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Write to your MP about women detained in Yarl’s Wood

Posted by on Feb 26, 2018 in Featured, News | 0 comments

More than 100 women are currently on hunger strike in Yarl’s Wood, protesting against their unfair treatment. In light of our 2017 Autumn Seminar, Voices of Refugee Women, UK WILPF stands by these women and urge you to do so to! One of our members has drafted a sample letter to send to your MP, you can download it here – Sample Letter to send to your MP about women detained in Yarl’s Wood Together, we can highlight this issue and urge those with the power to do so to incite change. Women seeking asylum in our country must be treated better! The letter in full is as follows: Dear _____________________ MP   Two months ago, I attended a seminar in London organised by the Women’s International League for Peace & Freedom, to give voice to women refugees. Their testimony convinced me that the British the asylum process under the current Conservative Government is built on an assumption of disbelief rather than a culture of compassion.   It is no surprise to me that now more than a hundred women are on hunger strike at Yarl’s Wood, the immigration detention centre in Bedfordshire, to protest the conditions in which they are imprisoned. Their detention ignores UN and international guidelines on how women refugees should be treated when they apply for asylum.   The human cost of indefinite detention is immeasurable; these women will suffer long-term damage to their physical and mental health, while their children experience the distress of separation. The financial cost is high; indefinite detention is robbing people of their lives and taxpayers of their money.   Every day that indefinite immigration detention exists further undermines Britain’s tradition of civil liberties. Indefinite detention is neither right nor necessary, and there are practical and humane alternatives to detention which allow people to contribute to society.   I urge you to ensure that the British Government and the Immigration officers stick to justice and compassion as the guiding principles in the treatment of asylum seekers, forced migrants and refugees.   I ask you to speak out in support of the women in Yarl’s Wood.  today support Parliamentary efforts to end indefinite detention in the next Immigration Bill.   Kind regards, _____________________...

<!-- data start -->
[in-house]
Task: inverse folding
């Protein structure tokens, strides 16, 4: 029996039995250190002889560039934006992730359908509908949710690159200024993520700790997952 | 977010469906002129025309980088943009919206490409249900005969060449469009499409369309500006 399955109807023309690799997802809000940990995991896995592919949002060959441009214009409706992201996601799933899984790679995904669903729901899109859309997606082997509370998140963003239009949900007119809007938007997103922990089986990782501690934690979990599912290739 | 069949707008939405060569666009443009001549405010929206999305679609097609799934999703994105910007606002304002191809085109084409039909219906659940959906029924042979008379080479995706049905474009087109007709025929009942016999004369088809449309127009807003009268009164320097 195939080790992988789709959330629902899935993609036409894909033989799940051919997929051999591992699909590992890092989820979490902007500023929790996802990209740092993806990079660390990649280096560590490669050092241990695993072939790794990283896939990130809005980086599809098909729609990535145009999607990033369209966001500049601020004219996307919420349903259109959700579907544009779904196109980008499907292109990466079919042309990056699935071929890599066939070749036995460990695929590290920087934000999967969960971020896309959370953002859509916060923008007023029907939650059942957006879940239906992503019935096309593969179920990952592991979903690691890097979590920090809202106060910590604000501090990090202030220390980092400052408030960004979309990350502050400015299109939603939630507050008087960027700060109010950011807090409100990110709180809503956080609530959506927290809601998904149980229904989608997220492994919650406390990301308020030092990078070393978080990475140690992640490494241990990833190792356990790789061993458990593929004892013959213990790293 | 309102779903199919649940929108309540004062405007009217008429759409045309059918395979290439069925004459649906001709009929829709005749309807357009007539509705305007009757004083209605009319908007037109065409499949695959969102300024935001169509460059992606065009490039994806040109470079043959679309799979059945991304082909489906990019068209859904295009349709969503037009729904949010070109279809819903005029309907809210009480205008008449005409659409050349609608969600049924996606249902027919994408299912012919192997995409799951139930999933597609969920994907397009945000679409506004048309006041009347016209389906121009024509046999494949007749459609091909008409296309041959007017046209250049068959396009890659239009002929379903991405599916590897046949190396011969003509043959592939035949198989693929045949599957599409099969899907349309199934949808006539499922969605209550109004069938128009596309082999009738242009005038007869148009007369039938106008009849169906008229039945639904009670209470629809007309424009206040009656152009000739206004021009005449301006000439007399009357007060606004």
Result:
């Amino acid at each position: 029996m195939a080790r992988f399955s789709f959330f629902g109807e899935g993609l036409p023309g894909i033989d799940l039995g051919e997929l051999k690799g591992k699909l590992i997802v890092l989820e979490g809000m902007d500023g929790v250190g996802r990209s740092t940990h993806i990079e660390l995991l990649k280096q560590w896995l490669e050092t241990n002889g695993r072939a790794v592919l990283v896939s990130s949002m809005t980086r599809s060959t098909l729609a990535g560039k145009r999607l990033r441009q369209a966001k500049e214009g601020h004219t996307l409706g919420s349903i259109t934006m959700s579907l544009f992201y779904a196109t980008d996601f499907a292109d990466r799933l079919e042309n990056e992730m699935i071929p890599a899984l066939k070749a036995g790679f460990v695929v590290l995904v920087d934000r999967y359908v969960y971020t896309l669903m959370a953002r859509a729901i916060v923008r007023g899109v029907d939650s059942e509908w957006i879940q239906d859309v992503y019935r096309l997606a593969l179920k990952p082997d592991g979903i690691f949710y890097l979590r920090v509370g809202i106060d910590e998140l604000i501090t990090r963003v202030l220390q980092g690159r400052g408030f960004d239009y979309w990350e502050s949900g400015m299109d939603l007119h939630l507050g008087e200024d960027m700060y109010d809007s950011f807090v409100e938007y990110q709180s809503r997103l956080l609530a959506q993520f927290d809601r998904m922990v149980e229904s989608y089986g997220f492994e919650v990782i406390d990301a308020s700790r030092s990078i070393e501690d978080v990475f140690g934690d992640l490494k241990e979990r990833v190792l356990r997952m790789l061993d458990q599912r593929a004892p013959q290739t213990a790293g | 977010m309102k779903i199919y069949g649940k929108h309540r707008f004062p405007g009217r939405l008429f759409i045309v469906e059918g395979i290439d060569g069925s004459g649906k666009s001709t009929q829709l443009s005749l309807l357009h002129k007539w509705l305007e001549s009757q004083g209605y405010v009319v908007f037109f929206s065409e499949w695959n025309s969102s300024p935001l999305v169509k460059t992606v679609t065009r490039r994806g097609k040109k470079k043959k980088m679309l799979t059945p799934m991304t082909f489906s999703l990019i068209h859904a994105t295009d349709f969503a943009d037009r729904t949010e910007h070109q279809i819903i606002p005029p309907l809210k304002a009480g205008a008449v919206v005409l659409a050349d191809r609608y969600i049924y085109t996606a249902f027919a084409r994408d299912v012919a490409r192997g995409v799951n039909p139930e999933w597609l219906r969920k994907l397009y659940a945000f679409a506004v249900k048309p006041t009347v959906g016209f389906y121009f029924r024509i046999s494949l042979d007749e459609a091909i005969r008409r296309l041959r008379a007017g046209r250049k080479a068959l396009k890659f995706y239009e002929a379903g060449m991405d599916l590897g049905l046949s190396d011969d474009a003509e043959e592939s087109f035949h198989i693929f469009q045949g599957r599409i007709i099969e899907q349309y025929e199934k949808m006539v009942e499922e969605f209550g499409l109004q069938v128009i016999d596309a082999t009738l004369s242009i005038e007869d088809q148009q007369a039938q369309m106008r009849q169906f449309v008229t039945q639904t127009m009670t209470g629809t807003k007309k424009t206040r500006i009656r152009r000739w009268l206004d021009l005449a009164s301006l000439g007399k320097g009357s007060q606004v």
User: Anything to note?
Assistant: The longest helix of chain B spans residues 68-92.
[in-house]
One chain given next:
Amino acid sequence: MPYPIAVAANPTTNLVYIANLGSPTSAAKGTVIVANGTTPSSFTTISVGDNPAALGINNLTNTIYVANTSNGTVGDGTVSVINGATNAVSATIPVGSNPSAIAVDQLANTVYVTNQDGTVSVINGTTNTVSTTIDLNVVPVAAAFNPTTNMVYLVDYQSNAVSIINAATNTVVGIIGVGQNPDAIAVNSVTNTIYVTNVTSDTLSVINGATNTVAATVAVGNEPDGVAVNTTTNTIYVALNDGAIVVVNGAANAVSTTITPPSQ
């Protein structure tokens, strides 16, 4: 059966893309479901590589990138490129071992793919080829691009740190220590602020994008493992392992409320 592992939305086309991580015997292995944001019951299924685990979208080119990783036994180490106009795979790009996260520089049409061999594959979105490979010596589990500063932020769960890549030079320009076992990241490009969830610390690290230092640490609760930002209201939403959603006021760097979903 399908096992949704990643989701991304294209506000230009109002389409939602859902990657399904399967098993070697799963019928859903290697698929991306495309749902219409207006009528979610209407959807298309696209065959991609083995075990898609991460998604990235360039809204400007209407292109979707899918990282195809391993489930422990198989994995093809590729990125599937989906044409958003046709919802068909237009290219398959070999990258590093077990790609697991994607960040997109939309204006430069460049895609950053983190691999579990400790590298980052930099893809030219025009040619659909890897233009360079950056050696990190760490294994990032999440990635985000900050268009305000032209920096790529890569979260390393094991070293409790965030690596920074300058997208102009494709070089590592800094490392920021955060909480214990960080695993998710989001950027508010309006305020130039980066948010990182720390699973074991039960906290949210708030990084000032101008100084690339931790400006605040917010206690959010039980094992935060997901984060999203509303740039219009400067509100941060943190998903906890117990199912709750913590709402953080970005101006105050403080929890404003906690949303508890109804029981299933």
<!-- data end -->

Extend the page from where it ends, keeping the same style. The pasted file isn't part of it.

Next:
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UK WILPF to join Women in Black’s Evening Vigil

Posted by on Feb 26, 2018 in Events, News | 0 comments

UK WILPF, Million Women Rise and Southall Black Sisters are going to join Women in Black (WIB) in an evening vigil on Wednesday 7th March to mark International Women’s Day, which will take place the next day on the 8th. Our message for the evening will be women against violence. WIB vigils are held around the plinth of the monument to Edith Cavell in St.Martins Place, London WC2H OHE, just opposite the entrance door of the National Portrait Gallery. They start on the dot of 6 pm, and end on the dot of 7 pm. They are women-only, as silent as we can manage and if possible vigil goers are asked to wear black. Although in principle we stand still for the one hour, it is fine that some less able vigillers bring a stool to sit on. Bringing a (black) umbrella is also not a bad idea! Please feel free to bring your own banners, signage, leaflets etc. but bear in mind the proposals for the evening as follows: The first placard is to have the names of our four organizations and (more boldly) “standing together to mark International Women’s Day, 8th March 2018” The second placard, good and bold, would read: “Women say NO to violence and militarism, YES to peace with justice” And the third: “End male violence against women and children. In peace, in war: no...